So when the Sussex Wildlife Trust tries to use the pregnancy of male seahorses as a justification for “queerness”, as they do below, they’re committing the naturalistic fallacy. The reason we shouldn’t discriminate against non-cis people is because discrimination is wrong and hurtful, not because male seahorses (and, by the way, male pipefish and sea dragons, contra the tweet below) get pregnant. Mallard drakes sometimes kill females during forced copulation, which in humans is the equivalent of rape. Does that make rape okay? You get my point.
Here’s the tweet. The original has been deleted (I wonder why?) but here’s a screenshot of the original:
Now a bit of biology before we go on to the associated article. Seahorses have a fascinating mating and breeding system. They’ve evolved so that the males largely take care of the eggs. (In many species, males do at least half the tending and rearing). In seahorses, pipefish, and sea dragons, this occurs by males sequestering the eggs in their kangeroo-like pouches, fertilizing them there, and sequestering them until hatching. (This may be a way to increase offspring number by favoring those individuals who protect their reproductive investment by protecting fertilized eggs.)
The important thing is that, in seahorses, sea dragons, and pipefish, the females produce eggs faster than the males can put them in their pouches, so females are always looking around for an “empty” male. Because—unlike in most animals—females are thus competing for males’ attention, and sexual selection is reversed. It’s the opposite of what happens in most other species, in which males compete to fertilize females. This is why, if there is sexual dimorphism in seahorses, it’s the females who are more elaborately decorated and with more secondary sexual characteristics. (See also here.)
Note that the males, while they take care of fertilized eggs and in that sense are pregnant, are still males, as they produce sperm rather than eggs. So you could say that “males get pregnant”, but that’s not the same thing as transsexual men who can sometimes get pregnant, nor does seahorse pregnancy somehow show that transmale pregnancy is “okay” or “moral”. It IS perfectly okay, but not because you find it in some marine species.
I like to show students the video below of a male seahorse giving birth, which looks almost as laborious and painful as labor in human females. This form of reproduction, given the female’s rapid rate of producing eggs, may have evolved to protect eggs and embryos from predation. We just don’t know.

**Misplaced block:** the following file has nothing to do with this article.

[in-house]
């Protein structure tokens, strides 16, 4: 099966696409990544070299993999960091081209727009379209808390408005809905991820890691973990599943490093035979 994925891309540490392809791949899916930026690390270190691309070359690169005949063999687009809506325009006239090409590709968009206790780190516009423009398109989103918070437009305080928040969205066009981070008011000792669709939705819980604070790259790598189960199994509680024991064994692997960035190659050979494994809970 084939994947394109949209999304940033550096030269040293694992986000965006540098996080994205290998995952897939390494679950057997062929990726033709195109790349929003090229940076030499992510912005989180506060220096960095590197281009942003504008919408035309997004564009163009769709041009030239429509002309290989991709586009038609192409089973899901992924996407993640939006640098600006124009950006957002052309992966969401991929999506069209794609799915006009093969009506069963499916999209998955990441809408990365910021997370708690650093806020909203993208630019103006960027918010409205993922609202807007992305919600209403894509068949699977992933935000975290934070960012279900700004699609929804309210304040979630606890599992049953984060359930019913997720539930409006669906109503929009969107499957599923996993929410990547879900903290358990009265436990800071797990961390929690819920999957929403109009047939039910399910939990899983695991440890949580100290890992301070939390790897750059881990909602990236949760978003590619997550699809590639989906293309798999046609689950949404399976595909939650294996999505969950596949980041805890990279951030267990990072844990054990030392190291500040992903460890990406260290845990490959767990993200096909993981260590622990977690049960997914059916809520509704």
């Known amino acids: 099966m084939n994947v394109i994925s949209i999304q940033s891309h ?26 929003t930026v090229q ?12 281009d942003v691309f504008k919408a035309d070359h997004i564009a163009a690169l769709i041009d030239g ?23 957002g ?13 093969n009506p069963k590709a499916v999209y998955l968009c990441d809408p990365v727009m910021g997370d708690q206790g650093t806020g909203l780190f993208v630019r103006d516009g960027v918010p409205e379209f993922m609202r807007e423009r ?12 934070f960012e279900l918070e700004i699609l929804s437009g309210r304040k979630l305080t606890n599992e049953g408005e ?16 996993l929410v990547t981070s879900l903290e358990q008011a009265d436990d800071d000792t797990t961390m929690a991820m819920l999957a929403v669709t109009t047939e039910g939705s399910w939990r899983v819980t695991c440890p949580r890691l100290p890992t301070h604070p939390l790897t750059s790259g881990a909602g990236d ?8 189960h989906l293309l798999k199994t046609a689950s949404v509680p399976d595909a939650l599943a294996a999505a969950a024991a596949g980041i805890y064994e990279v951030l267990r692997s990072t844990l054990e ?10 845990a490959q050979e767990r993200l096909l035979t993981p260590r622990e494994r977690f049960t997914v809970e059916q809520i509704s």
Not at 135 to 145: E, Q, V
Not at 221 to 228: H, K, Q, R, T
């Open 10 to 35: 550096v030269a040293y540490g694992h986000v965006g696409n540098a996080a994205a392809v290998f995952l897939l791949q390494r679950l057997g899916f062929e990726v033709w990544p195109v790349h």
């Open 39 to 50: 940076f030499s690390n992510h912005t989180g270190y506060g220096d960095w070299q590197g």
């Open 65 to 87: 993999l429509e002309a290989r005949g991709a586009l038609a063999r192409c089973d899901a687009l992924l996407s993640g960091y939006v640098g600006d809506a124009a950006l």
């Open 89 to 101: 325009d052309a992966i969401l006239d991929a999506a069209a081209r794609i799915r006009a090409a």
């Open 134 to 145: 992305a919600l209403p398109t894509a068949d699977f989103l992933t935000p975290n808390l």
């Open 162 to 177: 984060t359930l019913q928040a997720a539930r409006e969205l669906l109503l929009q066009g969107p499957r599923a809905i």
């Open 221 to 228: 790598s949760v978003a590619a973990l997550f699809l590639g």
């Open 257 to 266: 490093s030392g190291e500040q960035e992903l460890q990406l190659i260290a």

What we do know is that males have a form of pregnancy, but this says nothing one way or the other about transsexual pregnancy in humans. The pregnant seahorses are neither queer nor transsexual, but males, and there’s no morality in the fishes (yes, seahorses, sea dragons, and pipefish are “fish”).
I wouldn’t have written all this if reader Al, who was steamed, sent me this associated link from the Sussex Wildlife Trust news (click on screenshot to read). Now I’m not going to go after this very hard, as I want to just reiterate the naturalistic fallacy and how it’s used as a justification or valorization of human behavior. And yes, pregnant seahorses do show that animal behavior is diverse and unexpected. But pregnant male seahorses remain males, and they’re not “queer,” either, as the author seems to imply in her piece.
But the seahorses are used to somehow buttress the insecurity of a woman trying to come out as queer.
A few quotes:
As a keen zoology undergraduate who adored, almost worshipped, Darwin’s theory of evolution, I couldn’t quite come to terms with his theory of sexual selection. It really didn’t add up as I was tentatively stepping out of the queer closet back in 1996. I lived and breathed evolutionary theory but where did I fit in? A deviation? An anomaly? A kink in the genetic spiral of life? So, of course, I started studying the evolution of sex and soon discovered how incredibly diverse and fascinating the plant and animal kingdoms (more like queendoms or even queerdoms) really are in terms of gender and sexuality.
. . . .In the plant world too there is a whole host of queerness to explore. In fact bisexual flowers are described as “perfect”, having both male and female reproductive structures. Examples include roses and lilies but also the horse chestnut, highlighted in a wonderful project by the Queer Botany Society at the Walthamstow Marshes SSSI.
Now, with my work for the Sussex Kelp Restoration Project much of my favourite flagship “queer” marine species are linked directly to our conservation work here on the Sussex Coast. For example bottlenose dolphins who are known to engage in homosexual behaviour and sex for fun, again thought to increase social bonding and cooperation. The black seabream which are all born female and change to male at maturity (known as protogynous hermaphrodites). And finally the incredible seahorse species that in my opinion can claim the throne of the animal drag-kingdom in having the only true reversed pregnancy.